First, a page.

When the call came out on my scanner of a tipped crane on the Sen. George Sellar Bridge yesterday morning I was in a scramble mode. I was supposed to talk to a Wenatchee High School class about my job but no one was in the office to cover the accident. A reporter called the school for me to cancel as I headed toward the bridge.
I knew my hardest part in getting an image would be access to the scene since it is a construction zone. I headed to the west end of the bridge, parked, was told to leave an area by the construction workers, then photographed the distant scene from the Salvation Army lodge.
Pretty much unusable but at least I could tell where I wanted to be. So I headed to Fred Meyer and the far end of their parking lot. Here's a shot through the fencing.
I like the moment with the beam still attached to the crane but not the angle. So I walked down, below the loop trail and had a cleaner image at a better angle. The worker was still in a good spot of the frame.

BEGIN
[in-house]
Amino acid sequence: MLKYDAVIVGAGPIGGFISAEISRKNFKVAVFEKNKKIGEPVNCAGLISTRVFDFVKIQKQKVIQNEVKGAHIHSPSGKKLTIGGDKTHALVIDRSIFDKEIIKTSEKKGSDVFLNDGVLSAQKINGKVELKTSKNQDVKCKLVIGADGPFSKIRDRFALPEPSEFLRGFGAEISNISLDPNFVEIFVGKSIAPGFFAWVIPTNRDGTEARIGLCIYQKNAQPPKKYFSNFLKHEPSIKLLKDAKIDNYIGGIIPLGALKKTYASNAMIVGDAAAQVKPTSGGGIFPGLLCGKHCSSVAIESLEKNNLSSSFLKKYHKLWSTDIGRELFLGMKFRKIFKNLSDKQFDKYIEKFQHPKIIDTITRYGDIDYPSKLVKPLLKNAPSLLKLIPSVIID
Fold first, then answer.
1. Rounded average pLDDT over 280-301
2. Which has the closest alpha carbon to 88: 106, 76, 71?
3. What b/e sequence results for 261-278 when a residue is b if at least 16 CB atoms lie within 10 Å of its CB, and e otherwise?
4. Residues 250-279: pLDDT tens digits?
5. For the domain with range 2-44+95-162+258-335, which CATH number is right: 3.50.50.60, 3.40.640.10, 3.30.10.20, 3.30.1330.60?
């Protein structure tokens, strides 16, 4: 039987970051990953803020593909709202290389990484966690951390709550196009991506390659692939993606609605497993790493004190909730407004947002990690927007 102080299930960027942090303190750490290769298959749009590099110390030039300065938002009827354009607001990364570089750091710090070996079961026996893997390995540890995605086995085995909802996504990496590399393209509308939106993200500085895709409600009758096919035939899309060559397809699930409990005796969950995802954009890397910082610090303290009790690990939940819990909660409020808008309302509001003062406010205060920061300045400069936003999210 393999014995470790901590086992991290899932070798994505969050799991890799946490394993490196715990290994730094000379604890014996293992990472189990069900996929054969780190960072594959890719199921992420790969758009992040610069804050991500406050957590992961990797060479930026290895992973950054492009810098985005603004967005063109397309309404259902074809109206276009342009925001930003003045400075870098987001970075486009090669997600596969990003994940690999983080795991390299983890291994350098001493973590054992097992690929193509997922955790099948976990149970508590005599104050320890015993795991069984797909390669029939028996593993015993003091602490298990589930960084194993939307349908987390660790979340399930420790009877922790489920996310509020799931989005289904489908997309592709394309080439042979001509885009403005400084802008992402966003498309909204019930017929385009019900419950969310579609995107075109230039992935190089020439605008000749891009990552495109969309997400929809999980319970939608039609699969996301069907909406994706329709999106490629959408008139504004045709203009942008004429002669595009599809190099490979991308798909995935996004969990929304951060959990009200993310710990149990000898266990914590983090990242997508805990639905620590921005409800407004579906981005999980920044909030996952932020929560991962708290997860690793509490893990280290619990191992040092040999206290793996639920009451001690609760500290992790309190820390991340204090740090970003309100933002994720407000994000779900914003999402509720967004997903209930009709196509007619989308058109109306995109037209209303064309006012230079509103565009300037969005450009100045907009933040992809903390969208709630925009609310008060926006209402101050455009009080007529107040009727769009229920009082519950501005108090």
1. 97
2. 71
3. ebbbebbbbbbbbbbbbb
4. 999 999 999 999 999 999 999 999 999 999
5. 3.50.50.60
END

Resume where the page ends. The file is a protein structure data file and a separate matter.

That took care of that angle and the worker climbed up to the roadway, away from the lower part of the picture, so I was ready to try something else. I still had about 30 minutes of shooting time before I would be pushing the deadline so I decided to try for an image I had seen while driving across the bridge and the accident scene.
I set my camera on ISO 800, opened the lens all of the way to let in as much light as possible, getting the shutter speed as high as possible, and drove by with the camera pointed out of my car.
Here's my first attempt.
I turned the car around, took a quick check of the image I got, and decided to try it from the other direction - a closer look.
I was really happy with this image - people framing the scene and the worker on the crane. I took a few more passes but nothing was better than this. I don't think I could have gotten a better photograph even if I had been allowed to hang around the site.